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Woody > Rhododendron > Rhododendron 'Golden Lights'


'Golden Lights'

Golden Lights Azalea

Origin:  Developed and released by the University of Minnesota Landscape Arboretum in 1986.
            Mike's Opinion

this is Mike


An impressive and an absolutely must-have shrub. It has beautiful colours with vigorous growth, good disease resistance and great autumn foliage colour. It also attracts Hummingbirds.

Michael Pascoe, NDP., ODH., CLT., MSc. (Plant Conservation)


'Golden Lights'
Shrub (deciduous)
USDA Hardiness Zone
4 - 8
Canadian Hardiness Zone
5 - 9
Temperature (°C)
- 34
Temperature (°F)
- 30
1.2 - 1.8 m
1.2 - 1.8 m
Description and Growing Information
Flowering Period
General Description
Hardy ‘Golden Lights’ was tailor-bred for northern areas weather conditions. Flower bud hardiness was developed in Minnesota to survive rough winter’s temperatures that reach as low as -30 °F. The hardy deciduous shrub has amazing flowers in spring before the leaves emerge, is tall and upright in form and has good autumn colour with overall good disease resistance making this a very utilitarian plant.
Golden Lights is a traditional choice for Asian-inspired gardens. Their bold colour is great for reflecting pools and water gardens. The exceptional early spring colour can be used for beds, borders, and foundation plantings. General garden use, mass planting, as an accent, or a naturalistic landscape plant. Anywhere the shrub is planted adds a vibrant burst of colour to the area.
Has a preference for bright, filtered shade to partial shade; ideally in morning sun. Full afternoon sun can result in bleached leaves and shortened flowering period. Provide a well-drained but moist soil, as soppy soils result in root-rot. Golden Lights must have rich, highly acidic and organic humus enriched soil to ensure success with a pH of 4.0 to 5.5. It will benefit from being planted in a sheltered location, and is somewhat tolerant of urban pollution. Use plenty of peat moss when planting. Shrubs are extremely cold-hardy, as well as heat and mildew resistant. Consider applying a thick organic mulch around the root zone in winter, that can help retain soil moisture and protect it in exposed locations or colder zones. A pale mulch choice, such as of pine shavings or fir needles, will keep the shallow root system from being overheated. A relatively low maintenance shrub, only prune dead wood and to shape after flowering.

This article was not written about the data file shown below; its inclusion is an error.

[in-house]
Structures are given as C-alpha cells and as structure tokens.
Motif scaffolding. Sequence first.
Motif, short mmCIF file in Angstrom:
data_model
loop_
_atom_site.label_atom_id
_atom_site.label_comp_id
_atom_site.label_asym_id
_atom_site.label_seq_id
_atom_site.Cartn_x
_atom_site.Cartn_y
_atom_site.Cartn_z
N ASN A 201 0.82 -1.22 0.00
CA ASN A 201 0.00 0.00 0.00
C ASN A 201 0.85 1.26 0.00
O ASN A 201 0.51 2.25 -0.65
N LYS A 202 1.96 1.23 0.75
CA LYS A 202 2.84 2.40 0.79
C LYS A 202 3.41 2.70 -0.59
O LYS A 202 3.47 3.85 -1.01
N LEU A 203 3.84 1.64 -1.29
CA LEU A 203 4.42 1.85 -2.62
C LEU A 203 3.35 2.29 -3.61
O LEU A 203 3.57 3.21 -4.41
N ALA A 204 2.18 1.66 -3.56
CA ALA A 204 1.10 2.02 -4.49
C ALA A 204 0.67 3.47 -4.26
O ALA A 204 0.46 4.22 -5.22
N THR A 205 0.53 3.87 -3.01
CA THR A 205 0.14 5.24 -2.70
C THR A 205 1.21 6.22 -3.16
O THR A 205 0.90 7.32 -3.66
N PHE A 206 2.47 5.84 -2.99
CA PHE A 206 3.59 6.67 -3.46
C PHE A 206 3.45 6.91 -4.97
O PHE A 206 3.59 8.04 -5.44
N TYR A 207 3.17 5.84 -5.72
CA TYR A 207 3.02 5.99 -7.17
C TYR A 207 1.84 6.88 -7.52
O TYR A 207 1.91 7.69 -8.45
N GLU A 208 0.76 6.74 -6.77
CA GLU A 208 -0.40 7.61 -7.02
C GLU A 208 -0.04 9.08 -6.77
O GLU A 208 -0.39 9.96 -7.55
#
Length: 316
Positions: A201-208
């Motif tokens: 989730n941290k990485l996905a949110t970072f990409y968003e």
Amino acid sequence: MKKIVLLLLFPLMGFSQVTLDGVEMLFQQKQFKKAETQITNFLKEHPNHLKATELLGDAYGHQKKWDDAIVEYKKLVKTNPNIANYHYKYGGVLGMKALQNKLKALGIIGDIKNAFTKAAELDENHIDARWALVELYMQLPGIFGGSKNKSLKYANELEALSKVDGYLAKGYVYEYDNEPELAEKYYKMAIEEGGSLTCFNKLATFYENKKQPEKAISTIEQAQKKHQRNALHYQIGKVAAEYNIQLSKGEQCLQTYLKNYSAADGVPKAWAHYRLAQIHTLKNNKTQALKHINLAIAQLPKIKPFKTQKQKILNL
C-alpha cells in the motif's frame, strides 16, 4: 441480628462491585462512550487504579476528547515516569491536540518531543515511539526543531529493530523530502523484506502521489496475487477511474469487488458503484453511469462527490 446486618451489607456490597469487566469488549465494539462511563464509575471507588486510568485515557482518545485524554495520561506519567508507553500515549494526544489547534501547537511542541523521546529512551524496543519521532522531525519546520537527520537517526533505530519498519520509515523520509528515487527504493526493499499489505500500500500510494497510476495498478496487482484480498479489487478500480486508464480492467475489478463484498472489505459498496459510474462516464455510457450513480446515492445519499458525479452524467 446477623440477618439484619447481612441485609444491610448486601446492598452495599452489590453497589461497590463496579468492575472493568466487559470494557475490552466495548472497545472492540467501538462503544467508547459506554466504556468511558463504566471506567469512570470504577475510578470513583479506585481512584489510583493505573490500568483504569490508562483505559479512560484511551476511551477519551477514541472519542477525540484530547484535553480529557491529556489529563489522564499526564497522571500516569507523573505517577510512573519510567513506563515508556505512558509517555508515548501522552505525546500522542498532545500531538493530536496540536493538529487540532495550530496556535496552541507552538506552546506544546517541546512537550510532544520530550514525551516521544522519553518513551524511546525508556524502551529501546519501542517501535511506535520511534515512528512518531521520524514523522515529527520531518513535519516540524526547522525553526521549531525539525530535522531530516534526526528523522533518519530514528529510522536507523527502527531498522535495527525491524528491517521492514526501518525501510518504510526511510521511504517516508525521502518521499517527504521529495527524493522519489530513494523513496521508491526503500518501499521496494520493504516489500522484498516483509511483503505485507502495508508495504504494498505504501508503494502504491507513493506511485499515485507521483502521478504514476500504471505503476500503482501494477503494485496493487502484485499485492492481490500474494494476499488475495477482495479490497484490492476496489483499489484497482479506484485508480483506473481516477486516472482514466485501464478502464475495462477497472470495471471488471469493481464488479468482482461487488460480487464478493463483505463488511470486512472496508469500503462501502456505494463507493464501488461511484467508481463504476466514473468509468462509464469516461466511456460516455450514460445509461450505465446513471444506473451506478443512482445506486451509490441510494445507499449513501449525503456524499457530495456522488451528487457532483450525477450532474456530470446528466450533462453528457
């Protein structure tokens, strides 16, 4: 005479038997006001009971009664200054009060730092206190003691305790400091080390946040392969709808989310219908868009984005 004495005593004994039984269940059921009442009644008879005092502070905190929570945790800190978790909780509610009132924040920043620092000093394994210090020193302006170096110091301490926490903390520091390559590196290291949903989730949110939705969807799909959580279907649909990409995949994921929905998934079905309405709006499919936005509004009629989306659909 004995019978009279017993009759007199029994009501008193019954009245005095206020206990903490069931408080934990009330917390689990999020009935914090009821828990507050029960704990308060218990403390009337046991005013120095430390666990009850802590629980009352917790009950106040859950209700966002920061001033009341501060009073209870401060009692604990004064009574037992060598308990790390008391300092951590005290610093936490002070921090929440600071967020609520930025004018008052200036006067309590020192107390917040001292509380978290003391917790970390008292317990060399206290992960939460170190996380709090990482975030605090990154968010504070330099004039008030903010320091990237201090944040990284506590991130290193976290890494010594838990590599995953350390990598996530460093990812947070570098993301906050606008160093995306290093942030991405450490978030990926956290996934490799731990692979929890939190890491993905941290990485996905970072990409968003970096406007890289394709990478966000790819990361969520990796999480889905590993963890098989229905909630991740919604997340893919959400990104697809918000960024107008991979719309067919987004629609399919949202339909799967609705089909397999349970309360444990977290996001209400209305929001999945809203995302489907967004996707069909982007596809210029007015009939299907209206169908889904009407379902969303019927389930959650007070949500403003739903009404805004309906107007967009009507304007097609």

The upright deciduous small mounding shrub has open multi-stems in a more or less rounded form.
ID Characteristic
Branches are covered with large, orange-yellow buds, which burst open revealing radiant yellow trusses each spring with a light fragrance. The green foliage t turns to a spectacular shade of bronze and red in the autumn.
Leaves can get chlorosis (yellowing) of the leaves in alkaline soils.
Bright Lights is a cultivar, so it does not have any natural habitat. Although these shrubs are quite sturdy in the harsh winters, they would not be as reliable in hardiness zones above 8, since they are not bred for heat-hardiness.
Bark/Stem Description
The smooth grey bark is not particularly outstanding.
Flower/Leaf Bud Description
Nice round reddish or orange-yellow buds.
Leaf Description
The attractive dark green ovate narrow leaves last throughout the season, turning a spectacular and outstanding shade of rich red, dark purple and bronze, which light up the landscape during the autumn months. The plant loses its foliage in winter.
Flower Description
Smothered with massive stunning clusters of gold-yellow single trumpet-shaped blooms, the ‘Golden Lights’ funnel-shaped flowers grow up to 1 1.5 cm across, and appear in trusses of up to 12. Moderately fragrant, the shrub blooms from late Spring to early Summer for 2 - 3 weeks. It also has a peach overtone at the ends of the branches in mid spring before the leaves grow.
Fruit Description
The fruit is not ornamentally significant, but is poisonous if ingested.
Colour Description
Grey branches are covered with reddish or orange-yellow buds that open to bright golden, yellow and orange trusses each spring. Attractive dark green leaves that turn red in the autumn.
Notable Specimens
Bred for their extreme cold hardiness, Golden Lights can be found at the University of Minnesota Landscape Arboretum.
Cox, K. (2005). Rhododendrons & azaleas: A colour guide. Ramsbury: Crowood. Cullen, J., & Garden, E. (2005). Hardy rhododendron species: A guide to identification. Portland, Or.: Timber Press. Reiley, H. (2004). Success with rhododendrons and azaleas (Rev. ed.). Portland: Timber Press.